Thursday, June 28, 2007

SEIU and Andy Stern : Savior or Sellout?

> Andy Stern: Savior or Sellout?
>> [from the July 16, 2007 issue]
>> When Andy Stern, president of the Service Employees International
>> Union (SEIU), and Lee Scott, CEO of Wal-Mart, appeared onstage
>> together in early May, the pairing drew attention. The occasion
>> was a lunchtime meeting of Better Health Care Together, a
>> coalition of business, labor and political leaders, at a Hilton
>> hotel in New York City. Stern had initiated the coalition with a
>> letter to all the Fortune 500 CEOs inviting them to work with him
>> on a solution to the nation's healthcare crisis. He says he was
>> surprised that Wal-Mart--and so many other companies--responded.
>> "When I write letters to CEOs," he explains matter-of-factly, "I
>> usually don't get a response."
>> Outside the Hilton, several hundred men and women wearing United
>> Food and Commercial Workers (UFCW) T-shirts, some of whom had come
>> all the way from Maine and Pennsylvania, picketed the event,
>> objecting to the "hypocrisy" of Wal-Mart CEO Lee Scott's
>> appearance. Scott is accustomed to dodging protesters; his company
>> has been engaged in a bitter public relations battle with the UFCW
>> for years, with the union charging that Wal-Mart routinely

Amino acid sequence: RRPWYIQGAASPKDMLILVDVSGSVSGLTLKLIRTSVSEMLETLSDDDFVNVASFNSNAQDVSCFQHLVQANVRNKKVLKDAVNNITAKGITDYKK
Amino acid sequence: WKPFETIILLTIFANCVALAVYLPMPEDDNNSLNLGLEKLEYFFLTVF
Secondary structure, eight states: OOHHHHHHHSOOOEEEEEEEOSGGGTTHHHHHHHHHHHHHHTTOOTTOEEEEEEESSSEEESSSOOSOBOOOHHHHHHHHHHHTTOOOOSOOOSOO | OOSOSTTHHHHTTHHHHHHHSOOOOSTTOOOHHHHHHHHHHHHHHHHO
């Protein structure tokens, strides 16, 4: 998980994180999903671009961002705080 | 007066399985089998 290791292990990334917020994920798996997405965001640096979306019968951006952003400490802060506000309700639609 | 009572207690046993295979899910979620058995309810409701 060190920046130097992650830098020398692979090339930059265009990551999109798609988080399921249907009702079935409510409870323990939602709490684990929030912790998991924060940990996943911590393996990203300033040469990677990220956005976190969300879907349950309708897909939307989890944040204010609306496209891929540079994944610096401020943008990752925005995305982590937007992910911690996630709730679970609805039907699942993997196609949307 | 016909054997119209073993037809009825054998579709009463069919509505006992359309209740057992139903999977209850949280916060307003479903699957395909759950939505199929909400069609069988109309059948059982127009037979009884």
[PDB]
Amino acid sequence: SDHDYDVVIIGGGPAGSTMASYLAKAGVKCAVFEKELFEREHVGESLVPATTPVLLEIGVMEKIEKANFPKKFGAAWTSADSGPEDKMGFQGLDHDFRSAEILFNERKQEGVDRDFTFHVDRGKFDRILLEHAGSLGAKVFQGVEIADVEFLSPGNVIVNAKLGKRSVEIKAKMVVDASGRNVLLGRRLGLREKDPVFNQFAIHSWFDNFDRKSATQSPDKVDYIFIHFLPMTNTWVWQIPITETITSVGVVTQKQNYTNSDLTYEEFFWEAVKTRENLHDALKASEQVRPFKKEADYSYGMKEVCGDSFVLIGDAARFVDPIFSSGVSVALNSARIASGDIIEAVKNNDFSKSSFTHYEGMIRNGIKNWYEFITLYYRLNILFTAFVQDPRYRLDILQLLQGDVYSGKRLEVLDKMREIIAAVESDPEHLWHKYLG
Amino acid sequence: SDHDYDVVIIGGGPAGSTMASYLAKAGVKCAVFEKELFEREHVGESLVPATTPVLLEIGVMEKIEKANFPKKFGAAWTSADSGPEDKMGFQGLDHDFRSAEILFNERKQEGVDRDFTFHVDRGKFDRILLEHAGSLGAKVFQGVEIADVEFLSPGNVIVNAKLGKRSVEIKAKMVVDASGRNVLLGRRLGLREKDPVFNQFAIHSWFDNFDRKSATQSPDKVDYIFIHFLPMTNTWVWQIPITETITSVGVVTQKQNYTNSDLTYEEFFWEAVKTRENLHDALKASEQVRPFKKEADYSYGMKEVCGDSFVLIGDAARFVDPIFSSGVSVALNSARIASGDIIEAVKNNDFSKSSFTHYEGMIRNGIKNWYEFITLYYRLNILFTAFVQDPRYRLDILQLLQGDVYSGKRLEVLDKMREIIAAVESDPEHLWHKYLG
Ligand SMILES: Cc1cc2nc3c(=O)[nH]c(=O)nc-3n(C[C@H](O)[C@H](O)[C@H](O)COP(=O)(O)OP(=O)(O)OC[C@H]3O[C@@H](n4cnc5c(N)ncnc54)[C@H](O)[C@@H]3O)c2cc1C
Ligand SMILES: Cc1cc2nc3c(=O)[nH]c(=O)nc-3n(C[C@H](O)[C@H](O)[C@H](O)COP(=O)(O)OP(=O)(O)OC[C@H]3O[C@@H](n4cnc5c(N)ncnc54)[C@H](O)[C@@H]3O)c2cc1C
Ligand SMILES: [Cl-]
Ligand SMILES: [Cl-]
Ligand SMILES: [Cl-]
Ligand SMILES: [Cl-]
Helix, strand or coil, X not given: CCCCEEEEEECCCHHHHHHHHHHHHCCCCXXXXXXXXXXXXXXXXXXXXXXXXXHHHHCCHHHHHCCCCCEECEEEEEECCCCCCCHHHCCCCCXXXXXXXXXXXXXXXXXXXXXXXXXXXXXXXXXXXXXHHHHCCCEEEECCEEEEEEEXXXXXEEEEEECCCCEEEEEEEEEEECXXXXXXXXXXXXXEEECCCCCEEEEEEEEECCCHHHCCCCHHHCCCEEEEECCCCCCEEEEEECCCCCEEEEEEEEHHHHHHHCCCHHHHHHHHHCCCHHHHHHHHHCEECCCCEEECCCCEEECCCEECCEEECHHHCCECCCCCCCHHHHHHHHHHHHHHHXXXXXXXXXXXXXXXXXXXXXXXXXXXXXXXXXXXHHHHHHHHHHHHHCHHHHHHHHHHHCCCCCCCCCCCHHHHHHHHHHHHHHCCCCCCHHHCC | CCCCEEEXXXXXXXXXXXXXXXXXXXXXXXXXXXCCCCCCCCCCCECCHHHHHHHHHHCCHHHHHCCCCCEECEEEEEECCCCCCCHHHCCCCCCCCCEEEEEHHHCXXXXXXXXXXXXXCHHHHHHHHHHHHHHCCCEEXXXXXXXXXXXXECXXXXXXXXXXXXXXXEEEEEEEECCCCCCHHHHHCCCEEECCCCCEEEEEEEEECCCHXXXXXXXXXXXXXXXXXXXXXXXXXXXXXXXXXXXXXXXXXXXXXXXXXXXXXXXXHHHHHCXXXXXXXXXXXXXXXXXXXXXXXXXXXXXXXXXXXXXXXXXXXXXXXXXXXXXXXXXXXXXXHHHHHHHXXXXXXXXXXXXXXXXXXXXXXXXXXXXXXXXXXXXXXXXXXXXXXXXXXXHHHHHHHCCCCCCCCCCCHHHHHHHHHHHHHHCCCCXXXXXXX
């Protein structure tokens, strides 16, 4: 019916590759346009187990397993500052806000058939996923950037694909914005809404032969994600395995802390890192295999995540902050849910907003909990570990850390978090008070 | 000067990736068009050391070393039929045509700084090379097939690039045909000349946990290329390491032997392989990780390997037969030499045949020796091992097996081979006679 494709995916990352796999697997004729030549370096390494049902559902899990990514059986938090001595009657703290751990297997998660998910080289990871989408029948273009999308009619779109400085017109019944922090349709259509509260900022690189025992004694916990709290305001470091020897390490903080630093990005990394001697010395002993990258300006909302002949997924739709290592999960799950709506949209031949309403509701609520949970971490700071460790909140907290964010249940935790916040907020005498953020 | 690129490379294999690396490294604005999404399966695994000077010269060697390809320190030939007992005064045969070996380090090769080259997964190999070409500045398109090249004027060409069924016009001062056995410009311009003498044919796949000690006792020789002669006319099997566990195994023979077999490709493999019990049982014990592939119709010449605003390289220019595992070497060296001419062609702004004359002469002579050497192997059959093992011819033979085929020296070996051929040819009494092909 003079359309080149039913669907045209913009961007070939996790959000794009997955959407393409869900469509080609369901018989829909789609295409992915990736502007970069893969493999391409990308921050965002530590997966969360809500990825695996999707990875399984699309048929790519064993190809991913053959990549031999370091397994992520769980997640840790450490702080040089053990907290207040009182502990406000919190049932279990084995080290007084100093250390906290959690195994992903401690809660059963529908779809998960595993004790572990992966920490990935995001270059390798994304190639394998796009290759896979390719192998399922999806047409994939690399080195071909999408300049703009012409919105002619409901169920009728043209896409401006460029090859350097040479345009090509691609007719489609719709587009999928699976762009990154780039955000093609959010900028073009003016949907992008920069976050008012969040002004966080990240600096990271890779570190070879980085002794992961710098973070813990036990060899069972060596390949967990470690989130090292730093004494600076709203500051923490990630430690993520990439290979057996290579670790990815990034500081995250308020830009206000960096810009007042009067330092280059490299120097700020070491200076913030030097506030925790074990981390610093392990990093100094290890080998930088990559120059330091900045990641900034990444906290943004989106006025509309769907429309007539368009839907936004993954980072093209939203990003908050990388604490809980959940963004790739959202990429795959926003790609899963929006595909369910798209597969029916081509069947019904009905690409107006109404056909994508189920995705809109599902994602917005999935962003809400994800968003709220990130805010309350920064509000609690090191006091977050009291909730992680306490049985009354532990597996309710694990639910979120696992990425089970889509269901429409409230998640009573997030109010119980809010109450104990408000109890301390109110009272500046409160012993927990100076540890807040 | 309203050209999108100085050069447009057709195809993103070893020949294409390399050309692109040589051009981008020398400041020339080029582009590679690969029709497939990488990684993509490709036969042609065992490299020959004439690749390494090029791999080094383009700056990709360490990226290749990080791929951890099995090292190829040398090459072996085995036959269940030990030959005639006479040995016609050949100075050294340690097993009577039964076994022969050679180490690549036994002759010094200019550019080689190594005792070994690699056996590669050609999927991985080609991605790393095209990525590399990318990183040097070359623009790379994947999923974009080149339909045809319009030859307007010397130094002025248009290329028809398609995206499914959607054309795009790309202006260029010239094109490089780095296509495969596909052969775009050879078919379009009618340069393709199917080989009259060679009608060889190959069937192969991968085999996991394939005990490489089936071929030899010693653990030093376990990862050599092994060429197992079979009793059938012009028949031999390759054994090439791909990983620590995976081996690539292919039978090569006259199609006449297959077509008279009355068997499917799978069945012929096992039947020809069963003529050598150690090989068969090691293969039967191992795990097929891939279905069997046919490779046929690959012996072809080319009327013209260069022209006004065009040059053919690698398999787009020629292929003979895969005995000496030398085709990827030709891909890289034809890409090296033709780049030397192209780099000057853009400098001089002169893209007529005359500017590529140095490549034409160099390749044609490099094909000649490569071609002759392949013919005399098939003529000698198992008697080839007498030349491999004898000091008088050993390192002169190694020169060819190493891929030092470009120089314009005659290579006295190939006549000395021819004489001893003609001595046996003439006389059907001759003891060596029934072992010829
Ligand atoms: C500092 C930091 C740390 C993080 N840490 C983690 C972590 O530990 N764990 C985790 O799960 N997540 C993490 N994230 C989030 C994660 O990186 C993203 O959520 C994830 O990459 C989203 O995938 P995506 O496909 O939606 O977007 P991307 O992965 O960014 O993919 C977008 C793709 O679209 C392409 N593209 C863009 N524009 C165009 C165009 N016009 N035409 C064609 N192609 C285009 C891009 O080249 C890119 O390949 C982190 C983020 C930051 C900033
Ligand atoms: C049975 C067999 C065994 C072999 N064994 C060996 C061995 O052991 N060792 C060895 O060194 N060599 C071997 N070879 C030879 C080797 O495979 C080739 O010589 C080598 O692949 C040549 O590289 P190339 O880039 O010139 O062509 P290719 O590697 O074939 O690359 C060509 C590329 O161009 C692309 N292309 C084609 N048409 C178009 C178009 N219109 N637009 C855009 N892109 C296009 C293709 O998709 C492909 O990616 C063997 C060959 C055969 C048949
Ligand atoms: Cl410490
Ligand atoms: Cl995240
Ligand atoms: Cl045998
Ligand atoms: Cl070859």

>> violates the right to organize and offers stingy health benefits.
>> But the Wal-Mart boss wasn't the only target of righteous ire t! hat
>> day. The union activists were also upset about the presence of
>> Andy Stern. "People feel he has sacrificed some of the basic
>> principles of the labor movement" by appearing onstage with the
>> Wal-Mart CEO, said Pat Purcell, an organizer of the Hilton picket.
>> One of those principles is solidarity. "Our union is losing
>> members every single day because of Wal-Mart," explains Purcell,
>> director of special projects for UFCW Local 1500. "When we ask for
>> help from other unions, we don't mean, You can have lunch with
>> them but not dinner!" Though Purcell says he has "great respect"
>> for Stern, he and other unionists feel that Stern enabled a public
>> relations stunt by Wal-Mart, aimed at making the company look
>> socially responsible.
>> Inside the Hilton, Stern was more popular. Over a dry repast of
>> chicken, Pennsylvania Governor Ed Rendell hailed Andy Stern and
>> Lee Scott as "the odd couple of healthcare." Stern beamed when
>> Arnold Schwarzenegger, who spoke by satellite, thanked him for his